Last year I was lucky enough to get an invite to the first Edge Conference and it was great.

First Edge

I enjoyed it so much and felt there was something missing upon my return to Manchester and so I started a monthly meetup, McrFRED for Front-End Developers.

Manchester FRED has helped keep me topped up, but there’s nothing like being thrown into a room with the superheros of the web!

Hats off to Andrew Betts who has done a fantastic job in putting together this wonderful event.

TL;DR – The web is difficult, not everyone knows the best solutions or agrees and this isn’t likely to change soon. However, this is not a bad thing.

The Main Event

This year’s Edge took place at the Microsoft Offices in London Victoria (it reminded me a bit of one of my favourite robots from robot wars, razer).

Second Edge

Edge Conference follows a different structure to more conventional tech conferences. Rather than have one person on stage talking, it follows a similar pattern to Question Time. Previous to the event taking place a Google Moderator form was created where questions were asked and voted upon. The panelists then formulate a series of questions based off the results of the Google Moderator form.

Edge Questions

At the event itself there was a rather clever application using Onslyde that allows you to agree / disagree. This would then feedback in real time and project on screens behind the panelists. The application also allowed people to join in the discussion if they wished to speak.

Edge Vote

It was nice as a result of audience participation to see that @rem was nominated as a stand out contributor. Go Remy!

This year’s 7 topics were as follows;

  • Components
  • Developer Tooling
  • Build Process
  • Page Load Performance
  • Pointers And Interactions
  • Accessibility
  • Future Web



First there were tables, then CSS. It used to be easier to copy and re-use code, not so much these days.

Ideas have been put in place to help with this for example;

OOCSS, BEM, SMACSS, jQuery UI, Bootstrap, React, Fruit Machine.

Web components could also potentially help with re-usability.

Perhaps after developers have experimented with Web Components, we’ll begin to see a GitHub repo containing the ‘Best of Web Components’ with meaningful code and easy to use re-usable elements.

Some other things to consider with components. What if an element requires a dependency? Does that element then pull it in? Then what if you have another element that also has that dependency and pulls it in again. Also will the content inside a component be crawled and what affect will this have on SEO.

Things to research:

Developer Tooling

Nice opening from @jaffathecake

Developers developing developer tools with developer tools for developers.

And a man that needs no introduction… (silence), nice one Jake!

A quick history of the Developer Tools from Paul Irish:

Firebug, woohoo!

Browser tools and IDEs have come along in the past few years, but there’s still things that the browser knows that’s only possible from being in the browser.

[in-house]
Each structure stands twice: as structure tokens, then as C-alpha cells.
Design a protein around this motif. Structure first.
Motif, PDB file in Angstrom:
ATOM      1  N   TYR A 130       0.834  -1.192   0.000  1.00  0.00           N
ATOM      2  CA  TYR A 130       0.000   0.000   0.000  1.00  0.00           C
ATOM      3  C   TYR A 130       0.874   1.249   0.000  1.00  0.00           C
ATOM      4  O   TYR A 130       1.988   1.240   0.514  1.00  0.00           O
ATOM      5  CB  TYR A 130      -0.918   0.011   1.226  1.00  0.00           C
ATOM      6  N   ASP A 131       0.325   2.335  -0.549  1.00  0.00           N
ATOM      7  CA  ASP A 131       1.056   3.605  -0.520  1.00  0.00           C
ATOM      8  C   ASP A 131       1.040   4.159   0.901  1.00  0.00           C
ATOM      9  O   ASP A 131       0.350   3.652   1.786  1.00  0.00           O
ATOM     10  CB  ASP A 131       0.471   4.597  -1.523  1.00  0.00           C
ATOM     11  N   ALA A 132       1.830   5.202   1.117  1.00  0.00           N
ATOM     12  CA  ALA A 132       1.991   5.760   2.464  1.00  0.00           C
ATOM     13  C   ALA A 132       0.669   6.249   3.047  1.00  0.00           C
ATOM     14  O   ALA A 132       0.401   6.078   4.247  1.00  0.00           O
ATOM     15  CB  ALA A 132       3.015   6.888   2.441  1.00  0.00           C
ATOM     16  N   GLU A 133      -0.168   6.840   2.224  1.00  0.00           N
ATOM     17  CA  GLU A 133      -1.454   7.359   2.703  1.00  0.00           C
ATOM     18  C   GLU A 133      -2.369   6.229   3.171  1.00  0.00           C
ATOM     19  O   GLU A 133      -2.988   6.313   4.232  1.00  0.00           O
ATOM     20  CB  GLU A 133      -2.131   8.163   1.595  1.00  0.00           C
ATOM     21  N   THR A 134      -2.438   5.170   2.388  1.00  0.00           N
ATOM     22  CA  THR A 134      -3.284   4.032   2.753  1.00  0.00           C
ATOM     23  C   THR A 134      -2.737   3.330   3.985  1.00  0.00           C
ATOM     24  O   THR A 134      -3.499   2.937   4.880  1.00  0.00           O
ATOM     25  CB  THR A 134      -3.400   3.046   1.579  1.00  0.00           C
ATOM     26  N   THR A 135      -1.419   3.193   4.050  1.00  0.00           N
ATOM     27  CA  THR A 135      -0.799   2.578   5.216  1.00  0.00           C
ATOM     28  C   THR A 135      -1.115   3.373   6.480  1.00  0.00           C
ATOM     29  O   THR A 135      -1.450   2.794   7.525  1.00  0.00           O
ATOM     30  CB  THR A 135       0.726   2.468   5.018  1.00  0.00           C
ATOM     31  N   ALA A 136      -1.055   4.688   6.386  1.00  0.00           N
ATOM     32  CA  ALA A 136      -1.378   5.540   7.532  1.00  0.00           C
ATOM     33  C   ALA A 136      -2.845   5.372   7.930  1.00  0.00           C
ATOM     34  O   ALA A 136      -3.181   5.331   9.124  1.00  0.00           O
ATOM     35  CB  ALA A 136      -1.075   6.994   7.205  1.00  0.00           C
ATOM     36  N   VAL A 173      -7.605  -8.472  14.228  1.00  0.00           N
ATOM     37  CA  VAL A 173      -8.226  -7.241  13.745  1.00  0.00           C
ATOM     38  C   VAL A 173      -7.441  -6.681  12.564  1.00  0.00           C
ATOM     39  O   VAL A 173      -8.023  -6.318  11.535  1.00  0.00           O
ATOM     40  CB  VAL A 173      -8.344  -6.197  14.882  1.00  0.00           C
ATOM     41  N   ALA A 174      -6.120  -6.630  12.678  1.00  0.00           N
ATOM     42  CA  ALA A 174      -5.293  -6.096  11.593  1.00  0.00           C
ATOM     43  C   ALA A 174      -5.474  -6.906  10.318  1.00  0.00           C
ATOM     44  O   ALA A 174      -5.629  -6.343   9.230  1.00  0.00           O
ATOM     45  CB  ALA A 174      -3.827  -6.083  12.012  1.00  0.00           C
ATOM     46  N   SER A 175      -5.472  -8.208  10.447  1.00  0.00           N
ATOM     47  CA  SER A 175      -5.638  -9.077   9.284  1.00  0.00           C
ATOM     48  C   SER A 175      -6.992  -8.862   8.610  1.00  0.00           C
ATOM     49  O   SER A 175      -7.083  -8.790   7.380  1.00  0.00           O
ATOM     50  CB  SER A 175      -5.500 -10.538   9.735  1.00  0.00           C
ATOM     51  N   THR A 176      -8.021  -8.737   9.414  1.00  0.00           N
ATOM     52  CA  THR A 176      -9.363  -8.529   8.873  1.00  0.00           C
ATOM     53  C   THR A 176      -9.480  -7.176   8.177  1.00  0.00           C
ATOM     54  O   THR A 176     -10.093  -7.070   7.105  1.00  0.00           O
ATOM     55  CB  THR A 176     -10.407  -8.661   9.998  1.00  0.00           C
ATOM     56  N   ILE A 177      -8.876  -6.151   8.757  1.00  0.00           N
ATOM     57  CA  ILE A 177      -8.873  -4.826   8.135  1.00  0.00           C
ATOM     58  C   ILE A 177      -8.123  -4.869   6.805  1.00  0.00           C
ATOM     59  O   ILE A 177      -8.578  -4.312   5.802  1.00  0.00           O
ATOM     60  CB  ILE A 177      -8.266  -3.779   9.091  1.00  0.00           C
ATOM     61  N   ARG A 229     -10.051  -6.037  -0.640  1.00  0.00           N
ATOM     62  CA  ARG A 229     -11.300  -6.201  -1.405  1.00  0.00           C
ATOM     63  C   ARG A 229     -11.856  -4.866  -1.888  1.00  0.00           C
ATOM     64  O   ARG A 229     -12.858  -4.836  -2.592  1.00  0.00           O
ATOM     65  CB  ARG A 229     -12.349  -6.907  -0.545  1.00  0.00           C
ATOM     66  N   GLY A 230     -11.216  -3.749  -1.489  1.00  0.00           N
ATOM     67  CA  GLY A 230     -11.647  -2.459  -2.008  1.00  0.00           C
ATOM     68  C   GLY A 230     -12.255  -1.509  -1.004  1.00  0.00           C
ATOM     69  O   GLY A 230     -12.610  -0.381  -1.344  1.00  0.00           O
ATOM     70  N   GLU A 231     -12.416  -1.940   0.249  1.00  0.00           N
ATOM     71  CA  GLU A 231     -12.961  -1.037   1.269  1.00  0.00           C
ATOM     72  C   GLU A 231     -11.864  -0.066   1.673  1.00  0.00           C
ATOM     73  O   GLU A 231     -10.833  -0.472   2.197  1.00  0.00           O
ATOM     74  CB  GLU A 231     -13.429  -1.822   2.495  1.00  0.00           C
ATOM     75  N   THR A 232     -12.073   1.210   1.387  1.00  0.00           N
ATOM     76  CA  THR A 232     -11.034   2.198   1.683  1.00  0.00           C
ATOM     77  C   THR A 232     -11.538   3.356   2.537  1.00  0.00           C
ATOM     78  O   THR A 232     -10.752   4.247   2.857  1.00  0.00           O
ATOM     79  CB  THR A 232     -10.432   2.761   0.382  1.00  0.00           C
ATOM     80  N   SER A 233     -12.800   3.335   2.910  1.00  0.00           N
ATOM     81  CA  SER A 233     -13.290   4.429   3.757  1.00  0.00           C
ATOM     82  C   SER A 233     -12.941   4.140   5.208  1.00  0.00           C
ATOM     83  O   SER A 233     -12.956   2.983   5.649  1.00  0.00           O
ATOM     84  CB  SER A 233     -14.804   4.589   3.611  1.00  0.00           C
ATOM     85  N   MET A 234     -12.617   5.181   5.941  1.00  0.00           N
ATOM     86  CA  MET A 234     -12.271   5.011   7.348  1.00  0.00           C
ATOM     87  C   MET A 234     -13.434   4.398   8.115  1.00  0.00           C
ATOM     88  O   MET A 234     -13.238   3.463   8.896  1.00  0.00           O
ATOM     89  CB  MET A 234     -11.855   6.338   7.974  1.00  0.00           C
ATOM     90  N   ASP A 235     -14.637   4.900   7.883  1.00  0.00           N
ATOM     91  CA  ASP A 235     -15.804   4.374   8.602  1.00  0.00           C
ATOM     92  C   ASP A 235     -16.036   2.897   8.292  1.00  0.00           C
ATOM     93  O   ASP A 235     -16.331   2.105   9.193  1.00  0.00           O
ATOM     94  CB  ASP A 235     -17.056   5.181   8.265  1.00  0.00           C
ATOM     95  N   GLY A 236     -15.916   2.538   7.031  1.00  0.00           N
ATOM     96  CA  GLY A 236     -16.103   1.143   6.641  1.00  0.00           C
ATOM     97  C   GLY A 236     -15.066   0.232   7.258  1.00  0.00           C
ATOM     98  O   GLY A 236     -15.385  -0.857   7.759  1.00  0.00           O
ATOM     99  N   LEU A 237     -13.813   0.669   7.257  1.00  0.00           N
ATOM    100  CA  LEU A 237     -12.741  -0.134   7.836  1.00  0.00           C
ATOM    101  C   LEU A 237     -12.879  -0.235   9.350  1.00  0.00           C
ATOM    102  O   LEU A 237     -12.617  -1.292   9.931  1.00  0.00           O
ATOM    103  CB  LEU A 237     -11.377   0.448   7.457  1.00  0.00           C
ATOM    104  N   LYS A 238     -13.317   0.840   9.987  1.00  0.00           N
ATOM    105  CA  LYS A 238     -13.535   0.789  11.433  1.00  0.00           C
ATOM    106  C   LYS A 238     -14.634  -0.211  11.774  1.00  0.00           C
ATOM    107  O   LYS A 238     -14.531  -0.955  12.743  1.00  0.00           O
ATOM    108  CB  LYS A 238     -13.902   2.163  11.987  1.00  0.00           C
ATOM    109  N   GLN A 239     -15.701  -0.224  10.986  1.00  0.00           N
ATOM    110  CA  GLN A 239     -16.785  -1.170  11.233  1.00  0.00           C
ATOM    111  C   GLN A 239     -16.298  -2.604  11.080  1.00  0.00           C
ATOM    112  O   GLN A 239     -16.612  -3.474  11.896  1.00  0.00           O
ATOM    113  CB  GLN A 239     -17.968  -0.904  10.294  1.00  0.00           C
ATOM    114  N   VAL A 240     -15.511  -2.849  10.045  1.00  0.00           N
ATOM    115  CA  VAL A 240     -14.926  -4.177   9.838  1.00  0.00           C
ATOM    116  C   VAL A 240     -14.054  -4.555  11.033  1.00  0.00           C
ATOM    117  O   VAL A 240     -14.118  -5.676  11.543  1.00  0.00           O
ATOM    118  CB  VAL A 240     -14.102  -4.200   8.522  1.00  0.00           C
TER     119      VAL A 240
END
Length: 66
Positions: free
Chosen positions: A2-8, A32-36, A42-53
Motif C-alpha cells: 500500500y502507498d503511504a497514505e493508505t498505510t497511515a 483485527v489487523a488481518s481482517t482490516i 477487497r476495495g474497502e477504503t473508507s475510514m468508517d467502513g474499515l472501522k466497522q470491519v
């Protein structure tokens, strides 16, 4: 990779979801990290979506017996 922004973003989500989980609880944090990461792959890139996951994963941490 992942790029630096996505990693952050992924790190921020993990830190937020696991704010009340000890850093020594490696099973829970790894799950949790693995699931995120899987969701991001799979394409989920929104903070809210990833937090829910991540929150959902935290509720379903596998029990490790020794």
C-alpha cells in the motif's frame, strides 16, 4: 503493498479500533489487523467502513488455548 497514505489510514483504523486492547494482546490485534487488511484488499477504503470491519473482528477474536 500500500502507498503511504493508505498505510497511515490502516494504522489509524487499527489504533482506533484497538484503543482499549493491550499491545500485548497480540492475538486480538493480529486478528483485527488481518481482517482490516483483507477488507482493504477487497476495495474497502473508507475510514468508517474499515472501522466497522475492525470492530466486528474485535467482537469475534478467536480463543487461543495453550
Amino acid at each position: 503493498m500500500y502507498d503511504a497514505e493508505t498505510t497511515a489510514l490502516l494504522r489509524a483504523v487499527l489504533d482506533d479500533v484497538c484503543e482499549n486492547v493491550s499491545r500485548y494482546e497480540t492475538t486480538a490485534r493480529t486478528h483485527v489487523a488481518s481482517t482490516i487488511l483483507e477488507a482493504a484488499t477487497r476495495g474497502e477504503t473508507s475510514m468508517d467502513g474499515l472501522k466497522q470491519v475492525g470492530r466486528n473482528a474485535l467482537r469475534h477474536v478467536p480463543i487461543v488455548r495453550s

Browsers will also want to innovate first, then standardise later. This isn’t likely to change soon.

As developers if we work in Chrome and debug in Chrome, how can we be aware that what we’re debugging or improving is specific to Chrome, or going to affect other browsers.

Using Chrome Dev Tools to inspect another runtime e.g. Firefox

Live development using Brackets

Remy brings up some interesting thoughts regarding Greasemonkey and the current state of play when it comes to customising and hacking on developer tools.

Perhaps in the not so distant future we can clone a GitHub repo of browser dev tools, then point the browser to look at our local copy of the repo where we can hack on it to our hearts content.

Things to research:

Build Process

Standardise repetitive tasks.

Avoid subtle differences applied by different people.

Make build tool has been around for a long time, there’s lots that’s already been applied for build tools, let’s not make the same mistakes.

How can we avoid the ‘plugin apocalypse’ with Grunt, gulp having 2500+ plugins.

How do we bring these things together, so different build tools, in different languages can improve together. gets a mention.

There’s things that belong in the browser and things that don’t.

Standards are slow to get in the browser, but this is a good thing for quality.

As a community we need to be more responsible for what is standardised.

There’s still a lot of people afraid of the command line, so how can we help?

With Node, people who know JavaScript can get stuck into these build tools.

Bumpiness of NPM, a security change meant people couldn’t download for a day.

We shouldn’t rely on NPM or GitHub for hosting. Use the NPM protocol and Git and host internally.

With Grunt, Gulp, Broccoli, Fez and anymore that come along, it’s not necessarily going to be that one is better every time, use the right tool for the job, what works best for you?